Originally intended as housing for the commanding officer, this building was divided into a duplex when the C.O. chose to remain in another new dwelling. As such, the quarters was completed in 1870 at which time high-ranking officers and their families took up residency.       Lumber for the quarters was hauled from Laramie Peak and Denver. Adobe brick was made on site on sunny days. Often during twenty years of military use, the structure required whitewashing and substantial . . . — Map (db m87009) HM
Wyoming (Goshen County), Fort Laramie — Cavalry BarracksFort Laramie National Historic Site
The building before you is the only surviving enlisted men's barracks at Fort Laramie. The building proper was completed in late 1874 and was designed to provide quarters and other needed support facilities for two companies of soldiers, The veranda, although originally planned, was not added until 1883. As constructed the entire second floor was made up of only two equal, large rooms. These were the company dormitory bays or squad rooms where the enlisted soldiers lived. Each could house about . . . — Map (db m71018) HM WM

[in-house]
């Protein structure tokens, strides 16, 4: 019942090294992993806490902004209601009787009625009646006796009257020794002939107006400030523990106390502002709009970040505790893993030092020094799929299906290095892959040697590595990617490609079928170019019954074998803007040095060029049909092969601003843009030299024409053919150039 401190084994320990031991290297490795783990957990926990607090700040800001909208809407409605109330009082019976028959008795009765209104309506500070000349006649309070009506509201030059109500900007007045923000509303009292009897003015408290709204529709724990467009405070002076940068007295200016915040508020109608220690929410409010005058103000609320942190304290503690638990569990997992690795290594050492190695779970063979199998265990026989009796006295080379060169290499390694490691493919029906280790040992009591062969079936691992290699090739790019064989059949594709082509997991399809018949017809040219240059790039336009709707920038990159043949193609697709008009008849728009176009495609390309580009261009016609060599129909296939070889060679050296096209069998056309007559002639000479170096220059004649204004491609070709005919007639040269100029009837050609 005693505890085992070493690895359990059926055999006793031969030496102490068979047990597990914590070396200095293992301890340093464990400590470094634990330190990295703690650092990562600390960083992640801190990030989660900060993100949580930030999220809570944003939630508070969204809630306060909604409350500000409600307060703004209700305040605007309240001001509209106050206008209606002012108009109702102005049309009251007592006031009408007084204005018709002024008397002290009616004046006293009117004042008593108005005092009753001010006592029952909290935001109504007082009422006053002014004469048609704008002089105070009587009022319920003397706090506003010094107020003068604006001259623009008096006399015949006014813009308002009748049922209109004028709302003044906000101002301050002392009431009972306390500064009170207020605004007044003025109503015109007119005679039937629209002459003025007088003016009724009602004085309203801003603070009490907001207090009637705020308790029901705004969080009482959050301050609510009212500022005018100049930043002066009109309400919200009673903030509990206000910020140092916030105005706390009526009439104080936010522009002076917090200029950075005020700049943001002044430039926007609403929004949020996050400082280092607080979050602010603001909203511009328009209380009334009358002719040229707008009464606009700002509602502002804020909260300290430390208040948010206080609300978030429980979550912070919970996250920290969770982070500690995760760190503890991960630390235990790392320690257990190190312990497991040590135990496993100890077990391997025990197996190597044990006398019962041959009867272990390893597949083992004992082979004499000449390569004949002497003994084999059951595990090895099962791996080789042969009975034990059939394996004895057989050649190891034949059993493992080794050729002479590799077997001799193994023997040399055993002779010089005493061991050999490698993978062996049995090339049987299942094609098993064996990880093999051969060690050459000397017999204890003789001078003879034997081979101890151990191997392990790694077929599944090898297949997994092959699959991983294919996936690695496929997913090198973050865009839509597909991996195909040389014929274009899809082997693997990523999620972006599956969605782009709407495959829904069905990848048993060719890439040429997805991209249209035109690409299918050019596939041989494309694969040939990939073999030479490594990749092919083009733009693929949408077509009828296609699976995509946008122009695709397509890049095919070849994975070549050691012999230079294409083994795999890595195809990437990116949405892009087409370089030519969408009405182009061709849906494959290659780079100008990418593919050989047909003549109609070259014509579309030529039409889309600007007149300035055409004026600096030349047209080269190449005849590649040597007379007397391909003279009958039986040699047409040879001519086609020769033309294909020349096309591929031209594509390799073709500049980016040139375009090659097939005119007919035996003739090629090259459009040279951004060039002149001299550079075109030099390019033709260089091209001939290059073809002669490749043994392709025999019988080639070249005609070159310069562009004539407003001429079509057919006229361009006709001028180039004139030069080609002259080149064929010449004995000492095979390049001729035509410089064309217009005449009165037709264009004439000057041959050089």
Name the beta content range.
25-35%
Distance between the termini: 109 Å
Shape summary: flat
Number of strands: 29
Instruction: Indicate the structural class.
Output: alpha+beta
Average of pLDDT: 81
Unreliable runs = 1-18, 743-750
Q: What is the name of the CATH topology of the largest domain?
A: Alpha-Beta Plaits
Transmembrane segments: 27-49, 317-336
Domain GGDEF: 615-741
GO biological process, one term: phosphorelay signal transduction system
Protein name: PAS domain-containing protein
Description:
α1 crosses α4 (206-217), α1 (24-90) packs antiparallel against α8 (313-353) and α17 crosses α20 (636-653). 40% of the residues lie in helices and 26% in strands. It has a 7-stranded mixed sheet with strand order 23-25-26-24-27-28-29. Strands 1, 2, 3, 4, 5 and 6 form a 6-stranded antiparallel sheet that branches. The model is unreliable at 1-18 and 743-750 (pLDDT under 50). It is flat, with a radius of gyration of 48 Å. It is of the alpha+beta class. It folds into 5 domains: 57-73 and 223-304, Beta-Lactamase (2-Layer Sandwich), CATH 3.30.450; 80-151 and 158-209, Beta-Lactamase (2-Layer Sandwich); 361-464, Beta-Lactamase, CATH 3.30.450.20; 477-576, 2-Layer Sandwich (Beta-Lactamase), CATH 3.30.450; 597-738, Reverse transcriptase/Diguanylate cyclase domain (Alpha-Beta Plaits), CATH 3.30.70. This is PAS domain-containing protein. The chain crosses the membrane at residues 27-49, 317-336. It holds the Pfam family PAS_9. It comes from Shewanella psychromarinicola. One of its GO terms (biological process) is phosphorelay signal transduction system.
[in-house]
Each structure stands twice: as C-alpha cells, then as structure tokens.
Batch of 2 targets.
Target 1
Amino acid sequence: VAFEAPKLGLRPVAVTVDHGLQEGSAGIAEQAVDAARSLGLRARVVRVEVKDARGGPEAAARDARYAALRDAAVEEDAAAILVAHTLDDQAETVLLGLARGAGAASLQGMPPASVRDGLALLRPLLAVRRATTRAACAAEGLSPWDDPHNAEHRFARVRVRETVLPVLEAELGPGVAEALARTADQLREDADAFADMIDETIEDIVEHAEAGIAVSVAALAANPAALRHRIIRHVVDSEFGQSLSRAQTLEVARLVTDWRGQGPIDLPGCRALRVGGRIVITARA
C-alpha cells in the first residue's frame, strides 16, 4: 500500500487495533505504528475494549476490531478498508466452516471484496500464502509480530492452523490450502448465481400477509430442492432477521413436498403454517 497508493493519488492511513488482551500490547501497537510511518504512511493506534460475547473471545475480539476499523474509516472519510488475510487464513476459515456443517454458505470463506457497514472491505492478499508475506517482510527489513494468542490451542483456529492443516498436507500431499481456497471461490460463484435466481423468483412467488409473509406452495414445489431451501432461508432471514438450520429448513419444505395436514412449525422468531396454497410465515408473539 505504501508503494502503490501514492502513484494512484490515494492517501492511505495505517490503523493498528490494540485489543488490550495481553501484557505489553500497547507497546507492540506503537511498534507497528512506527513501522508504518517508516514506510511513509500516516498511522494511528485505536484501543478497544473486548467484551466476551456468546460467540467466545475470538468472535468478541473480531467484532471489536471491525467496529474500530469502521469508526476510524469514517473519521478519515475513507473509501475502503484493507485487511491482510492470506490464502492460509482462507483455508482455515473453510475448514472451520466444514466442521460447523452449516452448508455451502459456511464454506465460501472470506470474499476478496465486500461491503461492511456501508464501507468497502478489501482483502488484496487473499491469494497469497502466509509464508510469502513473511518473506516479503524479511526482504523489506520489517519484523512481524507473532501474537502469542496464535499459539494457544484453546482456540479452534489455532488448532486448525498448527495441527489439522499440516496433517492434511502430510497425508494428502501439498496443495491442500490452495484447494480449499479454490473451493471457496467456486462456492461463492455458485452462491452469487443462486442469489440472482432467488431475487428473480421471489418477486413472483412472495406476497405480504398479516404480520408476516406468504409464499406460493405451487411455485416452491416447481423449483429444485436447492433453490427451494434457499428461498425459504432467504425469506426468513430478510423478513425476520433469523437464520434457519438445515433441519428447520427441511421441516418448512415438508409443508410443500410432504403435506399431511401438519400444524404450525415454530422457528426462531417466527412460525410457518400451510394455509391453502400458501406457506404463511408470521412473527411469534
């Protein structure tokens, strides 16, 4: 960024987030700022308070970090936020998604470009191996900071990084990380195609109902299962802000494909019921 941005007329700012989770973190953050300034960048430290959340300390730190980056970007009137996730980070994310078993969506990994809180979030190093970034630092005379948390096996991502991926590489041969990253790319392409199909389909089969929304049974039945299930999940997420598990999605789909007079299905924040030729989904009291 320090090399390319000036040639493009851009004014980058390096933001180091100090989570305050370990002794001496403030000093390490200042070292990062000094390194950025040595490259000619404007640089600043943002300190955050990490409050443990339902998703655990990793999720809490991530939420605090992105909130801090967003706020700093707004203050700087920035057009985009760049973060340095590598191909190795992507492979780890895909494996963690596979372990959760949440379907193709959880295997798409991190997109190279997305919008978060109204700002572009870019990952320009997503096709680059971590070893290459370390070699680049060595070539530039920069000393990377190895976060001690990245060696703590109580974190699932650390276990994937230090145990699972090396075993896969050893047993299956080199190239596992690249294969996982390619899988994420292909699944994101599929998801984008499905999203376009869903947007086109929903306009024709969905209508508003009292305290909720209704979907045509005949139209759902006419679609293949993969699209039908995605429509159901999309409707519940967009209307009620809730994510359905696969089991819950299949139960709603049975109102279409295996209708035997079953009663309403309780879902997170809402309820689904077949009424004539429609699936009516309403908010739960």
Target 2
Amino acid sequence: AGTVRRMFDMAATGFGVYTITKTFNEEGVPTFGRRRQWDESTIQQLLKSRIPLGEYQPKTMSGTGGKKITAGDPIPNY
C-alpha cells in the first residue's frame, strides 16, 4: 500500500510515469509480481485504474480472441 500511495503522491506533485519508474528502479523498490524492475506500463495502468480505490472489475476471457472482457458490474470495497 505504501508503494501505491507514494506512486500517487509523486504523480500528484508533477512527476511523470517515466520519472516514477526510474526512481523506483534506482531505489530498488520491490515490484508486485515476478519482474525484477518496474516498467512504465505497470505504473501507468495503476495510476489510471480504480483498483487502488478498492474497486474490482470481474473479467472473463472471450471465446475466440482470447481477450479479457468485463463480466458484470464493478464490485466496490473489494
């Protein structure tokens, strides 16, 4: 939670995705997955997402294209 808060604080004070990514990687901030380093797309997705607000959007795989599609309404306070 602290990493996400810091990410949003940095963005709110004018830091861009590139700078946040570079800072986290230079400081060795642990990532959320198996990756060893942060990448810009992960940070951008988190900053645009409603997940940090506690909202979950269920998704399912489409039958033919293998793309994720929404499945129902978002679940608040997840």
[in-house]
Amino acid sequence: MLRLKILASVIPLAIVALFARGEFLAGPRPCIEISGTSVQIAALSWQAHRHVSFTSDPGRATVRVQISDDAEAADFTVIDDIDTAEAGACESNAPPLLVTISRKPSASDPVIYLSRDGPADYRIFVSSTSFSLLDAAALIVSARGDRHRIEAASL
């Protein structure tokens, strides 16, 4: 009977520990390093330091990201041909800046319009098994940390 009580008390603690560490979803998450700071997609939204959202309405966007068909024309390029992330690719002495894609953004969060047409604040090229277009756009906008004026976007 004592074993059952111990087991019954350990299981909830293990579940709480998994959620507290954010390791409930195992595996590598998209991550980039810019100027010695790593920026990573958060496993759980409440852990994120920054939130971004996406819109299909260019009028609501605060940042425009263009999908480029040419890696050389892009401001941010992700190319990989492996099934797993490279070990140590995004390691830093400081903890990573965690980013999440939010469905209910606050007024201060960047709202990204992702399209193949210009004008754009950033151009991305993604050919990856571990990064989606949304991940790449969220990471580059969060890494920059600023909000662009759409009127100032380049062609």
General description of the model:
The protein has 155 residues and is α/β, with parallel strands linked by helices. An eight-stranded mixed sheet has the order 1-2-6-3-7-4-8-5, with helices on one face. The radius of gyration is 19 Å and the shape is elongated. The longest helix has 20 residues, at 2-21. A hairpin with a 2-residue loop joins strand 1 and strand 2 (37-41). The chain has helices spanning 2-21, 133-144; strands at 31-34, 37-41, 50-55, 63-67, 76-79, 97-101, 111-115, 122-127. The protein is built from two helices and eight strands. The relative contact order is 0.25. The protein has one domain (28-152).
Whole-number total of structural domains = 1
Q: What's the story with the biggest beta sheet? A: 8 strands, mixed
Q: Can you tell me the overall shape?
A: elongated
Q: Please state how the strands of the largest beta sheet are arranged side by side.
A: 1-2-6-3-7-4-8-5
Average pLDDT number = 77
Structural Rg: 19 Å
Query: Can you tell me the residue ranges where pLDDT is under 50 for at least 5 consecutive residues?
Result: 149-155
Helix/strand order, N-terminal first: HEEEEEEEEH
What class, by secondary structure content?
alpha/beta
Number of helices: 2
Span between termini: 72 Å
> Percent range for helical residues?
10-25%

Wyoming (Goshen County), Fort Laramie — Commissary StorehouseFort Laramie National Historic Site — Visitor Center
This building was completed in 1884. It was built as a commissary storage facility. As such it would have been primarily divided into two large storerooms: one for meat and one for flour, rice, and beans. Three or four smaller rooms would have been used as offices, an "issue room" and a storage room for canned goods. This building also had a partial cellar with a trap door for use with a hand-operated elevator, rations and other official army food items were issued from this building. A commissary officer and sergeant ran the operation. — Map (db m71017) WM